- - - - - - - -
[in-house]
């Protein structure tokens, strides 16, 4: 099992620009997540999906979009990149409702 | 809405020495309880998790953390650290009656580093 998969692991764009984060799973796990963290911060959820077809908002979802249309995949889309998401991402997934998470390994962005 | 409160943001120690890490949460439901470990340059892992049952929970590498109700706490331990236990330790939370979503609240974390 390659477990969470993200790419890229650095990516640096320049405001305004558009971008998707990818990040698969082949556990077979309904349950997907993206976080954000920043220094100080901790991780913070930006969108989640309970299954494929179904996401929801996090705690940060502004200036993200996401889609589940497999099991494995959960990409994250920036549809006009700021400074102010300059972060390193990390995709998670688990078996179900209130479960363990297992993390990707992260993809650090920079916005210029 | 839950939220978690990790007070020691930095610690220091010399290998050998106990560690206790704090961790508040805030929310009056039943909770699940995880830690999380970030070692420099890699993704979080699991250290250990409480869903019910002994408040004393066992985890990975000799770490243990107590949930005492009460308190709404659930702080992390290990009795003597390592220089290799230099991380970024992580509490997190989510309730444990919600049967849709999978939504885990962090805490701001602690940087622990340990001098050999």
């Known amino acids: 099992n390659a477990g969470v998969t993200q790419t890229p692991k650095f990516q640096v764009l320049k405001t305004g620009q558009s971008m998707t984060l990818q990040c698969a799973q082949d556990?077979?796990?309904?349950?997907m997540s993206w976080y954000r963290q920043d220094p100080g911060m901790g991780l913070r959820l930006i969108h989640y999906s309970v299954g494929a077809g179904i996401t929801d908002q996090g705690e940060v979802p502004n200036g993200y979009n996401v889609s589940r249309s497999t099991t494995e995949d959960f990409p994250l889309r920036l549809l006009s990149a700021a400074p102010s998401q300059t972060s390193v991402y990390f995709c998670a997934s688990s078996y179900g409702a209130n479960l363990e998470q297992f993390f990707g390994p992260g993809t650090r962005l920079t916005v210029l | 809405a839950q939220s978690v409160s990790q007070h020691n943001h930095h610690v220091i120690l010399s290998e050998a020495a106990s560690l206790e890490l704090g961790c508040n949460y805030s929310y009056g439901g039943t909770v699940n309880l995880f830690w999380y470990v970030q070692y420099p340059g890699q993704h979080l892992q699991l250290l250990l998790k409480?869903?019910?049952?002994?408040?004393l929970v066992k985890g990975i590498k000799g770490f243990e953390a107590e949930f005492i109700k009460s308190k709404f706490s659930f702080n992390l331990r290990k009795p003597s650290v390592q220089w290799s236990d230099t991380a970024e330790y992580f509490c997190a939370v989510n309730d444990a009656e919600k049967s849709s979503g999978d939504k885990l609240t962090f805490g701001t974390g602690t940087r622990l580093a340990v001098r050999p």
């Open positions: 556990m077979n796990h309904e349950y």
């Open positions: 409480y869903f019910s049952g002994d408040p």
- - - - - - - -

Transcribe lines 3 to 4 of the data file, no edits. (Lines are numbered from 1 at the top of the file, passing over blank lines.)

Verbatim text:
């Known amino acids: 099992n390659a477990g969470v998969t993200q790419t890229p692991k650095f990516q640096v764009l320049k405001t305004g620009q558009s971008m998707t984060l990818q990040c698969a799973q082949d556990?077979?796990?309904?349950?997907m997540s993206w976080y954000r963290q920043d220094p100080g911060m901790g991780l913070r959820l930006i969108h989640y999906s309970v299954g494929a077809g179904i996401t929801d908002q996090g705690e940060v979802p502004n200036g993200y979009n996401v889609s589940r249309s497999t099991t494995e995949d959960f990409p994250l889309r920036l549809l006009s990149a700021a400074p102010s998401q300059t972060s390193v991402y990390f995709c998670a997934s688990s078996y179900g409702a209130n479960l363990e998470q297992f993390f990707g390994p992260g993809t650090r962005l920079t916005v210029l | 809405a839950q939220s978690v409160s990790q007070h020691n943001h930095h610690v220091i120690l010399s290998e050998a020495a106990s560690l206790e890490l704090g961790c508040n949460y805030s929310y009056g439901g039943t909770v699940n309880l995880f830690w999380y470990v970030q070692y420099p340059g890699q993704h979080l892992q699991l250290l250990l998790k409480?869903?019910?049952?002994?408040?004393l929970v066992k985890g990975i590498k000799g770490f243990e953390a107590e949930f005492i109700k009460s308190k709404f706490s659930f702080n992390l331990r290990k009795p003597s650290v390592q220089w290799s236990d230099t991380a970024e330790y992580f509490c997190a939370v989510n309730d444990a009656e919600k049967s849709s979503g999978d939504k885990l609240t962090f805490g701001t974390g602690t940087r622990l580093a340990v001098r050999p």
């Open positions: 556990m077979n796990h309904e349950y």